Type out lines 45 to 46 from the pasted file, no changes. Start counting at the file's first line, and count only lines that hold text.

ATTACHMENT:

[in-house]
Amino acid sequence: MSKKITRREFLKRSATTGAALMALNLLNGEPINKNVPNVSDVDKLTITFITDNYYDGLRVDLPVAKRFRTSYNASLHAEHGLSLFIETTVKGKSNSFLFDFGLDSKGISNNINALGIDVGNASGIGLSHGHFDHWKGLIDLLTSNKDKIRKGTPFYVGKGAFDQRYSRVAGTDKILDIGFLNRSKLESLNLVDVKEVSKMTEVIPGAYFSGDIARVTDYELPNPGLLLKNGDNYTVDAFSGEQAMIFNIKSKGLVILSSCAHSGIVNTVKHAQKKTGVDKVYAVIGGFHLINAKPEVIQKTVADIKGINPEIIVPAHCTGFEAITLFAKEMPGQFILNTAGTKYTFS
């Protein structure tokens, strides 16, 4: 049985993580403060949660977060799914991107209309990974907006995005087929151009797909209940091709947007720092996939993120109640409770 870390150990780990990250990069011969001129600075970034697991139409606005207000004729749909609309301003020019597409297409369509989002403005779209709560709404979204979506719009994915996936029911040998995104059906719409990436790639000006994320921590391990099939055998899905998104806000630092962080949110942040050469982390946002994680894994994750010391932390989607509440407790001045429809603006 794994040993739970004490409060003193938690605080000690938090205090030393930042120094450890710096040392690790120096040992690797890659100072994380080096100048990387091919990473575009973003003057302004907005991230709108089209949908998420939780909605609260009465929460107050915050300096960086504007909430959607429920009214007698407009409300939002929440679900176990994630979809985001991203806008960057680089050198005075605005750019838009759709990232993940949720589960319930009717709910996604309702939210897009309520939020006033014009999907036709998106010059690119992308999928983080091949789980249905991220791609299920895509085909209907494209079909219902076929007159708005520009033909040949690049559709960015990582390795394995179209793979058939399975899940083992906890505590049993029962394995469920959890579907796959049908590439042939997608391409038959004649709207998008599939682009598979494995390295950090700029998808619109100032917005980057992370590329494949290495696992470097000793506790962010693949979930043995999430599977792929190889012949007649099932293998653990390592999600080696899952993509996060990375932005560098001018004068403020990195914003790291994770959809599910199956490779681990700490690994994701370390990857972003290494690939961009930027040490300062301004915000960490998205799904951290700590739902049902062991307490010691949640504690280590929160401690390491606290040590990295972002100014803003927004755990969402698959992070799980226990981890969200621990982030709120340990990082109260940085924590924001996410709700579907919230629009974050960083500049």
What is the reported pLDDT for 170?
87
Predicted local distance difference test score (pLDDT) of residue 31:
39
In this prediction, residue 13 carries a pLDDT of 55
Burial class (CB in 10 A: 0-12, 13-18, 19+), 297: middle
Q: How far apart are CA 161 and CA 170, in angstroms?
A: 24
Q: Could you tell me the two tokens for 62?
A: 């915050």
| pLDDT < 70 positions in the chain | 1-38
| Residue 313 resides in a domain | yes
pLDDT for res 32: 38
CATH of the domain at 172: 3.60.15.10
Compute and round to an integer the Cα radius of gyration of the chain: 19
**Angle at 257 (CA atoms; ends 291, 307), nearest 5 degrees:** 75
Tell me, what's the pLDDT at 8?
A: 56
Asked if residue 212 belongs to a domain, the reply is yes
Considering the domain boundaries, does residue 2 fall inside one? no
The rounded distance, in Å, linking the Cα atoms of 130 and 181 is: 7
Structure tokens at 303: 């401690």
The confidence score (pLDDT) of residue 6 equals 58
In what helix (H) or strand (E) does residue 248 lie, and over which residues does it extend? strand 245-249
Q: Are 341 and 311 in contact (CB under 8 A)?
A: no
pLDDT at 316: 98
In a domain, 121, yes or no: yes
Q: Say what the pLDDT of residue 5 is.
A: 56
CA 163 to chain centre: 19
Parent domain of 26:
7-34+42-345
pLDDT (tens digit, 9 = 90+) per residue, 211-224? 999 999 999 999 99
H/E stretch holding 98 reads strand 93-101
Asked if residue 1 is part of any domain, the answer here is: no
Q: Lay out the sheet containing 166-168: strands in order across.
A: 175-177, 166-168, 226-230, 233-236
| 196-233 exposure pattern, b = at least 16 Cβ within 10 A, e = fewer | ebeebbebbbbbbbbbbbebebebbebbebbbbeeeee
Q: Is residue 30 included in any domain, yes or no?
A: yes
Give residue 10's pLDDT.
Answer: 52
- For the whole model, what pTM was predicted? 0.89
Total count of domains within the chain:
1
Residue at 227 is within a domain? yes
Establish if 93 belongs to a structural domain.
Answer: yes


Give residue 10's pLDDT.
Answer: 52